You not only get the candy you expected and momentarily feared you’d be denied (jes makes it sweeter), you get the candy BEHIND it too!

But the weird thing? Instead of another 3-pack large size Reece’s, I get a smaller two-pack size. Meaning, I spared some poor sucker from having to pay a full dollar for what was clearly going to be an 85 cent candy. Oh, and I ate all five PB cups but I’m sure I ran it off later…

The third free thing I got recently? All those Xb0x 360 updates including the new UI and the addition of Netflix Watch Instantly.

I have to admit, it feels like a new 360, which I just like, and its integration with the Xbox actually got me to reactivate my Netflix membership which I had canceled in preference to Time Warner’s growing HD channel lineup and on-demand services.

I chose the $9.99/mo Netflix option which means I can have one DVD at a time in my possession, but I can “Watch Instantly” to my heart’s content. Compare that to $3.99 or $4.99 per 4:3 crappy quality movie on On-Demand, and $5.99 or $6.99 for HD on-demand.

Because I wasted so much of the start of this post on vending machine tech advancements, let’s get right to the tale of the tape:

Selection: Netflix Watch Instantly (NWI) is awarded this point. This is an easy one. I have all the full seasons of The Office and 30 Rock at my fingertips on NWI. In HD, no less. Time Warner On Demand (TWOD) usually has maybe 10-20 HD movies, some of which you’d never watch. On NWI, I can get any TV show seemingly in HD, and tons of interesting indi flicks, award winners, foreign films, you name it. The two clear advantages for TWOD are new releases (they have ’em, NWI really doesn’t) and the fact that you don;t need to use a laptop to find new movies. At some point, you need to go to netflix.com and find new movies that have been released for “Watch Instantly” in order to enjoy them on your 360. But I do this in batches of maybe 10, so it’s not really been a problem yet. And no, I haven’t watched but maybe 1/10th of what I’ve got sitting on NWI yet, so no calling me couch potato. 

Wait time: from TV, Set Top Box, and Home Theater Receiver all off to watching a movie takes 55 seconds on TWOD. From TV, console, and Home Theater Receiver all off to watching a movie takes 62 seconds on the Xbox 360/NWI. I’m calling this a tie
 
Editor’s Note: I played the first available movie for each. I was too cheap to actually buy  an on-demand movie from TWOD so I used the first title under “Free Movies on Demand.” Ironically, considering my posts of yesterday, this was a short video on kids staying active while playing video games. It also loaded far faster than any movie I’ve ever bought from TWOD. So I’m giving the Xbox a 7 second benefit of the doubt.
Price: Uh, NWI is $9.99/mo. UNLIMITED. You can’t watch two HD movies in 30 days on TWOD for that. Another point for NWI.
The winner: NWI with a total score of 2.5 points out of a maximum 3 points. (0.5 points are awarded to each competitor in the event of a tie). TWOD: 0.5 points. Now that’s decisive!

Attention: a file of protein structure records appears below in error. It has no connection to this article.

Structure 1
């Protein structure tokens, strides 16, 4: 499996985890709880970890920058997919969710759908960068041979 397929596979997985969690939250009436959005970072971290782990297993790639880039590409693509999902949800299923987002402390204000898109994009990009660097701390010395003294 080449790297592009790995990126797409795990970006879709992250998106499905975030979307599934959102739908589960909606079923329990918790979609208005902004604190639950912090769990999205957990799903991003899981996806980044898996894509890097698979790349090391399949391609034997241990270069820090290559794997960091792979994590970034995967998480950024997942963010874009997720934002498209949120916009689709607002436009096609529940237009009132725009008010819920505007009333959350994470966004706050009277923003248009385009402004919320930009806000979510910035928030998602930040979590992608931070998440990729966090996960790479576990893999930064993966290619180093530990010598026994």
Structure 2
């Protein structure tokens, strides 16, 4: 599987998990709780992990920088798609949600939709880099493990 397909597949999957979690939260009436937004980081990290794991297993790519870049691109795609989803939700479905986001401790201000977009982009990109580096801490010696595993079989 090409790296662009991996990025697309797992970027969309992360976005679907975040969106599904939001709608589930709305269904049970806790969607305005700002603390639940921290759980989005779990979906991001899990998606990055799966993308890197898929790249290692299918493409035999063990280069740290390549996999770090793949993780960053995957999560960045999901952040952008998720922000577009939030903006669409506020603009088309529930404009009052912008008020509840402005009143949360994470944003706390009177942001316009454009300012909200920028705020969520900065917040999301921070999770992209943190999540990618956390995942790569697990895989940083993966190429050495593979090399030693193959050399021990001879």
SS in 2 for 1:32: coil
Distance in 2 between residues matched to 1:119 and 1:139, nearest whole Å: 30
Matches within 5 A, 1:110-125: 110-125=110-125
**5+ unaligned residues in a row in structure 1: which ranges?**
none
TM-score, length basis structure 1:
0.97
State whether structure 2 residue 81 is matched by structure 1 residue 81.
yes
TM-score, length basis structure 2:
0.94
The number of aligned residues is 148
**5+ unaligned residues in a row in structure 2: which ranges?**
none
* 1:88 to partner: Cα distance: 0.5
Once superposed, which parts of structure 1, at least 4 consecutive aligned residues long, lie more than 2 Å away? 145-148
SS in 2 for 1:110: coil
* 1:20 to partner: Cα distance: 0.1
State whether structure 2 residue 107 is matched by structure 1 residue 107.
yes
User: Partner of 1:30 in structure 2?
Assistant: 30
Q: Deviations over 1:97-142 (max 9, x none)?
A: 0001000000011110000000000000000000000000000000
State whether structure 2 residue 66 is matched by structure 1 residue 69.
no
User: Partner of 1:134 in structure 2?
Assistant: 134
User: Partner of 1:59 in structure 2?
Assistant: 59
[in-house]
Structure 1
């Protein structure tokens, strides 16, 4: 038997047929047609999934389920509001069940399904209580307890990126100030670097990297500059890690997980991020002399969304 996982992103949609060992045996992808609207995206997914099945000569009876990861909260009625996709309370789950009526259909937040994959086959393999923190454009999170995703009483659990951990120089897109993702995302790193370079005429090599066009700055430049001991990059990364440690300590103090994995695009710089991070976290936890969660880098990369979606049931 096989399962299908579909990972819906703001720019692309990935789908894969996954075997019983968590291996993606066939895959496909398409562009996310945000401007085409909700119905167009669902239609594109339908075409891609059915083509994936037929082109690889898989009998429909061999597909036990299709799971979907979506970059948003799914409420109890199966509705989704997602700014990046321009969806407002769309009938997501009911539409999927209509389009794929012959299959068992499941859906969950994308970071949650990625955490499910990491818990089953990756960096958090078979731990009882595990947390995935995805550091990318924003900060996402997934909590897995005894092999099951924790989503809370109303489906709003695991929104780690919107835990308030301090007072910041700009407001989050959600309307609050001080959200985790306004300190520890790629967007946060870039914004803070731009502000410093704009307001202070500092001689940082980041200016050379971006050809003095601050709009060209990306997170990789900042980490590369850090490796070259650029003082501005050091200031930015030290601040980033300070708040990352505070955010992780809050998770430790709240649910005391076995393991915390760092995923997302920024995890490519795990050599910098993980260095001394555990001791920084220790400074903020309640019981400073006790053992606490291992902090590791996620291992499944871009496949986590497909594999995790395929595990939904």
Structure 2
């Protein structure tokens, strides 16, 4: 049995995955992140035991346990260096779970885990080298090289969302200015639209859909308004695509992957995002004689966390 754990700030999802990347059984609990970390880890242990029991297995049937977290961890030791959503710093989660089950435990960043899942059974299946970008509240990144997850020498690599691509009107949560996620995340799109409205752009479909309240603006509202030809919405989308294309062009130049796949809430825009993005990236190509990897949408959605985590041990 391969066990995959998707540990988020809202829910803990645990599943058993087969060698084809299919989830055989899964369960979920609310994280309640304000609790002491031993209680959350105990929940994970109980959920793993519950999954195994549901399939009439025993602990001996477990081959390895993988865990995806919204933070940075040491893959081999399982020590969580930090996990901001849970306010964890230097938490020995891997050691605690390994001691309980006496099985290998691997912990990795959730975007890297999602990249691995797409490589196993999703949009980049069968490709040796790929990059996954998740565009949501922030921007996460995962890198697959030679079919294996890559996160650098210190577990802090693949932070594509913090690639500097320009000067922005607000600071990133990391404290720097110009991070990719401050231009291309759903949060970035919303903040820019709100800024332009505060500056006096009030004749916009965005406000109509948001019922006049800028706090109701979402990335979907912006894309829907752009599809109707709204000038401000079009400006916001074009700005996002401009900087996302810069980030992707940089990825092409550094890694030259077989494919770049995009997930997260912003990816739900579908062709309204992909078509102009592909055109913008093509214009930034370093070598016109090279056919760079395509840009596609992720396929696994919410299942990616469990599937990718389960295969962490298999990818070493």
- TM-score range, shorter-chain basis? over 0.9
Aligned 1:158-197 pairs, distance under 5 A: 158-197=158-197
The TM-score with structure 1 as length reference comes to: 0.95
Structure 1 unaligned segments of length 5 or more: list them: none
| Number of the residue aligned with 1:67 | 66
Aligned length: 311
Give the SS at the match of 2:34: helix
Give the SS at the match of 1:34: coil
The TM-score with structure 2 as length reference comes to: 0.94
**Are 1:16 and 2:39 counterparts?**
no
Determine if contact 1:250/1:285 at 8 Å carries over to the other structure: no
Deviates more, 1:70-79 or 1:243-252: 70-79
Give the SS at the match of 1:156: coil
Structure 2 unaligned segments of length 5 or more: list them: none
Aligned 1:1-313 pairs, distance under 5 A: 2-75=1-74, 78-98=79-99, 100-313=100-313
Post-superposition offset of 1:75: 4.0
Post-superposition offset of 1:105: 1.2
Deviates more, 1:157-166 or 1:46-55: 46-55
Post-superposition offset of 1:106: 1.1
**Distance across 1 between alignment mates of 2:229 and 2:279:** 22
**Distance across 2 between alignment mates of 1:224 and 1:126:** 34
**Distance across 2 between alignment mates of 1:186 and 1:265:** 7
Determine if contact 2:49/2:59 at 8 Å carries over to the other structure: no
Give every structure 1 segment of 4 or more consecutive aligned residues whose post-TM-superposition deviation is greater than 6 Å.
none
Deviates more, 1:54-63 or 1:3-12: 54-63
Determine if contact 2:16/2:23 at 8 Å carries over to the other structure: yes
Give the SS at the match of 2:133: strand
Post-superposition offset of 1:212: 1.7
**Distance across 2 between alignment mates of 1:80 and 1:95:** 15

First impressions: LOTR Conquest January 21, 2009

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My pre-order from Amazon of Pandemic’s LOTR Conquest finally arrived last night. Note to self: this is the second time you have pre-ordered from Amazon.com on a hot new Xbox 360 game, cheaped out on Super Saver Shipping, and gotten the game two weeks after it has been on shelves. Although I saved three dollars on the game ($56.99) vs. what Target has it for ($59.99), not sure the three dollars was worth having to tell my 8-yr old everyday for almost two weeks: “nope, it’s not here yet…maybe tomorrow (come on USPS, the thing only shipped from Dallas to Austin. I could have hand carried on foot many times over in that time).

So last night is my first time alone with the game, as my wife wants me to ensure it plays appropriate for our 8-yr old Henry I’ll be playing it with. (He’s 9 in a couple weeks, I’ll remind you.)

First, Henry and I LOVE playing Battlefront II for Xbox on our Xbox 360. There’s just something so cool about collaborating with your little guy in taking down a giant Spider walker on Geonosis, and bypassing all the heroes the game tries to award me so he can play as Mace Windu or Obiwan. Even though it is an Xbox game and we’re playing at below 720P resolution and the graphics re a little dated, we still love it. Best. Xbox. Game. Ever.

(Although I do remember much fun with my older boys Matt and Mitch playing Xbox Halo. No matter how much superior strategy I’d congratulate myself for during game play, their young minds having a perfect image for the whole battle map trumped me every time. Typical score would be Matt or Mitch: 25 kills. Dad (JTRex): 5.

So our expectations for LOTR Conquest were high as it is by Pandemic and the Battlefront guys.

After getting Henry to bed at about 8:45 (we reviewed the game manual together after dinner), I loaded up the disc.

First impressions:

·         Looks beautiful on my 720P Samsung DLP (yeah, I guess I’m already old-school HDTV, but I’m content). Sounds like the voiceover in the game is none other than Elrond as played by Hugo Weaving (haven’t confirmed this, but Elrond sure shows up in the Cinematic commanding those highly synchronized elf armies…).

·         Familiar options as Battlefront II: Single player campaign, Multiplayer, Split Screen, and Instant Action. I chose Single Player Campaign and go into Training.